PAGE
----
Texas Grapefruit

10 Mar

Citrus paradisii: grapefruit. One of those fruit that people either love or hate. I used to be fairly tolerant of it, eating it for breakfast once in a while but otherwise avoiding it. When I moved to Texas, I realized this had to change. Grapefruit is the state fruit of Texas. Do you know your state fruit? Maybe not. But I know that grapefruit is the state fruit because it’s more than that. It’s a state symbol. It’s the only citrus strain not originated in Southeast Asia, and it’s the only citrus perfected in Texas. In 1929, a Texas farmer found a mutated red grapefruit on a pink grapefruit plant. After that, Texans became obsessed with growing the reddest, sweetest grapefruit. And they certainly accomplished this, as I can happily testify.

The markets here sell bags of grapefruit for $1. It’s impossible to not buy several bags. I am a menu planner for a residential co-op, and we started buying cases of grapefruit instead of more expensive produce for our kitchen. This forced me to move beyond eating the occasional grapefruit for breakfast and incorporating them into every meal.


In general, you want to select fruits that are heavy for their size, and this also applies to grapefruit. Heavier grapefruit are heavier because they are juicier. I also gently press the grapefruit to make sure there are no unusually soft spots. Usually I don’t waste the time, however, because I’ve rarely found a problematic grapefruit.

Grapefruit also have gray or brown scratch marks or areas of the peel that are a slightly different color. That in no way indicates anything about the fruit itself. Ugly grapefruits need to be eaten too.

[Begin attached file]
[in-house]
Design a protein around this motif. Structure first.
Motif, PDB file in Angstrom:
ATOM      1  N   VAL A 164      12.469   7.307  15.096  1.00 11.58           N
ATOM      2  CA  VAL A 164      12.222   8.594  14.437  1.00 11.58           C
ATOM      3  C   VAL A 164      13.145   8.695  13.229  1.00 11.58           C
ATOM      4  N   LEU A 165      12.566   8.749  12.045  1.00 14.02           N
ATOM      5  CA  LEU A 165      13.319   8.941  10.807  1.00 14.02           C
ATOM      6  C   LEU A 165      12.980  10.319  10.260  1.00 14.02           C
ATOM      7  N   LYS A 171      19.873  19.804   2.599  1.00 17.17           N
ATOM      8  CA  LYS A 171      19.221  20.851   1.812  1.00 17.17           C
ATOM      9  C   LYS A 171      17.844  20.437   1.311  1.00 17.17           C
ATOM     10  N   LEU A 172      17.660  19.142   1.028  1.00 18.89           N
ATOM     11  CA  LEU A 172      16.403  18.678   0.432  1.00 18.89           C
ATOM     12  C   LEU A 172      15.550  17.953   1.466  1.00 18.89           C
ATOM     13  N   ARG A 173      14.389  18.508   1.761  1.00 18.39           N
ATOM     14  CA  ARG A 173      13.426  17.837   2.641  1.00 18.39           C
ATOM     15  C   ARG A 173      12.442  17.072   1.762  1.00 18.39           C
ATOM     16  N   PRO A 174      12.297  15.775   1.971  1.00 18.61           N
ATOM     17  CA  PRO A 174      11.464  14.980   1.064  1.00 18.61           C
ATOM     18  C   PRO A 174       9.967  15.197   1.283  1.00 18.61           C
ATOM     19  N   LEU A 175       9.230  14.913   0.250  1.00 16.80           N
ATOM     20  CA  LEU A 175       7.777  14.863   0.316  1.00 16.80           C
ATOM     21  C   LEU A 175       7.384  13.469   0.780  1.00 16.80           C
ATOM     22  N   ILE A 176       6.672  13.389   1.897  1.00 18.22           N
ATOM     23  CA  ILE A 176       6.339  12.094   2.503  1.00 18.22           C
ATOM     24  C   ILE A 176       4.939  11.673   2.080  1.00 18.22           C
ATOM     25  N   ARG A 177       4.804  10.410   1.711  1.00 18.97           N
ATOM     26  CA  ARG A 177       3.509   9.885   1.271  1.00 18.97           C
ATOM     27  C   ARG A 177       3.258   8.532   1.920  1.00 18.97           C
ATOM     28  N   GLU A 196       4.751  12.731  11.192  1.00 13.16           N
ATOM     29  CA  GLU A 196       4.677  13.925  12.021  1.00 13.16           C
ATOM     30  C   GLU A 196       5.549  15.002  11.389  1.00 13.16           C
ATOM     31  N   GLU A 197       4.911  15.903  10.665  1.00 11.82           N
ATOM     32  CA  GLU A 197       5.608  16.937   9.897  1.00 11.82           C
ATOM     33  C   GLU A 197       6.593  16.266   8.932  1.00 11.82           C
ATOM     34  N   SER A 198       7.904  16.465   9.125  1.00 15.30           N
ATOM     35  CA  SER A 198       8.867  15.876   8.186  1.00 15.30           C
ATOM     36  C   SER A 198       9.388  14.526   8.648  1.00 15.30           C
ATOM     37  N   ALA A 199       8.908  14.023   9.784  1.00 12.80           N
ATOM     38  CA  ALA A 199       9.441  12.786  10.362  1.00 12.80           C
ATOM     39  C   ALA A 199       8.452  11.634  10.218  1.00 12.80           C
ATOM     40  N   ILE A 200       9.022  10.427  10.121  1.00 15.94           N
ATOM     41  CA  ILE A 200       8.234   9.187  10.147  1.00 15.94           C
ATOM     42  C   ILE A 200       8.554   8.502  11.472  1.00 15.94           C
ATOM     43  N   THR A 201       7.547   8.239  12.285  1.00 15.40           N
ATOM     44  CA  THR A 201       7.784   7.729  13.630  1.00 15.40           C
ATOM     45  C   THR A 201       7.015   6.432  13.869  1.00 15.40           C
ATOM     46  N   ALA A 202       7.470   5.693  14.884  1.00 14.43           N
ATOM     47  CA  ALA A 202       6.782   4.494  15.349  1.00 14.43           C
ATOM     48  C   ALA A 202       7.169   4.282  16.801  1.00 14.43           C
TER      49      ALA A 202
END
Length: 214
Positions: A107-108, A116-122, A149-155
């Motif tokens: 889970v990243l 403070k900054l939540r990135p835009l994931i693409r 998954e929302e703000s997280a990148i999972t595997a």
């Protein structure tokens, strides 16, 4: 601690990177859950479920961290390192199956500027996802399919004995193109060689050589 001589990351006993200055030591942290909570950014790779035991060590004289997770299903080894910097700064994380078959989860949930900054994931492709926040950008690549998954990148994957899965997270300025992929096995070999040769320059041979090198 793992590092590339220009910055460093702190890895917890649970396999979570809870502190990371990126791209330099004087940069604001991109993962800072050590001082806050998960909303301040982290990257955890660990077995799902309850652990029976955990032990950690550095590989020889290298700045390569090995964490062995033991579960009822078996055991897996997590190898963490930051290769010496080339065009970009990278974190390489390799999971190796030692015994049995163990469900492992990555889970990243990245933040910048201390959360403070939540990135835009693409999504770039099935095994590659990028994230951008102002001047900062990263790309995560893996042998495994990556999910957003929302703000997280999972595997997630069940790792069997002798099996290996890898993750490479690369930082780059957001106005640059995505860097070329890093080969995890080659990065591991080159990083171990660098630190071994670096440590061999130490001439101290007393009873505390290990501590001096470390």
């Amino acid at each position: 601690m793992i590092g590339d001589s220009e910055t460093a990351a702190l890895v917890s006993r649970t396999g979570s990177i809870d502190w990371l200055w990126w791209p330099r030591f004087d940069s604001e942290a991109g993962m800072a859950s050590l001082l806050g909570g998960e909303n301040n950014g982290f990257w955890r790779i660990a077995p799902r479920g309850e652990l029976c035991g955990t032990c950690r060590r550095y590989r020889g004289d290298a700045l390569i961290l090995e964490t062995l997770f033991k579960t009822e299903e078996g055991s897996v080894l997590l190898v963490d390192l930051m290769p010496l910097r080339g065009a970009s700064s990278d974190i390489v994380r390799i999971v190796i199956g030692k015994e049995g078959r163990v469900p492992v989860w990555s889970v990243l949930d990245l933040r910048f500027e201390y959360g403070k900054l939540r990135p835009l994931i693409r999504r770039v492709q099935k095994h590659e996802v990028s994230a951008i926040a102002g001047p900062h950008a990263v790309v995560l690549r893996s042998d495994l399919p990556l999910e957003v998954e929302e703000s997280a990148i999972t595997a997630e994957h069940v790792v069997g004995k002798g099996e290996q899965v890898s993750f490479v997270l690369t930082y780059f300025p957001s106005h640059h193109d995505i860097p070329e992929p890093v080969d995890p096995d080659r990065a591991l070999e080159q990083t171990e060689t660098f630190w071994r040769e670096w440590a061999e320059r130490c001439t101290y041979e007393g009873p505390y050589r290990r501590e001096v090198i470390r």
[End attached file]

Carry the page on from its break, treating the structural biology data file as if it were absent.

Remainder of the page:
Just store the grapefruit in your fruit bowl!

To preserve it longer, try canning it. I found this delicious marmalade recipe over at The Cosmic Cowgirl.

Freezing also works– section it or juice it first.


Supposedly grapefruit cake is a south Texas classic. No one in my co-op had ever heard of it before, and when I added grapefruit cake to the menu, everyone was, as they described it, “suspicious.” The recipe that we used (here at Saveur) ended up being amazing and everyone’s doubt was resolved.

We’ve also been using it in a lot of salads. You can section the grapefruit over a bowl (video below) and capture the juice that leaks out. The sections get put in the salad, and the juice gets used in a dressing.

Some grapefruit are more peel than fruit, and I hate throwing away half of the fruit. The peel is edible (if you are sure to wash it first!), although the pith is not. Researching this, however, I can only find one way to use the peel in food and that was to make candied citrus peel. (If you google “candied grapefruit peel” you can find pictures and plenty of other recipes.) The peels can also be used in the garden to keep away insects and in the home to make cleaners, but that’s a topic for another day.

Another delicious option: make condiments with it. Serious Eats has this ridiculously tempting grapefruit vanilla curd recipe. I love having interesting condiments like this in the fridge. I can just pop them on the table alongside a quickly made breakfast of eggs and bread and make the meal suddenly restaurant-level interesting.

I know I don’t have to tell you this, but grapefruit can also be juiced. If you have an excess of grapefruit, you can freeze the extra juice as well.


This video on sectioning grapefruit is pretty badass. Look at all of the juice that is flowing while the lady removes the skin. THAT is why you do this with a bowl underneath. Don’t let that go to waste!


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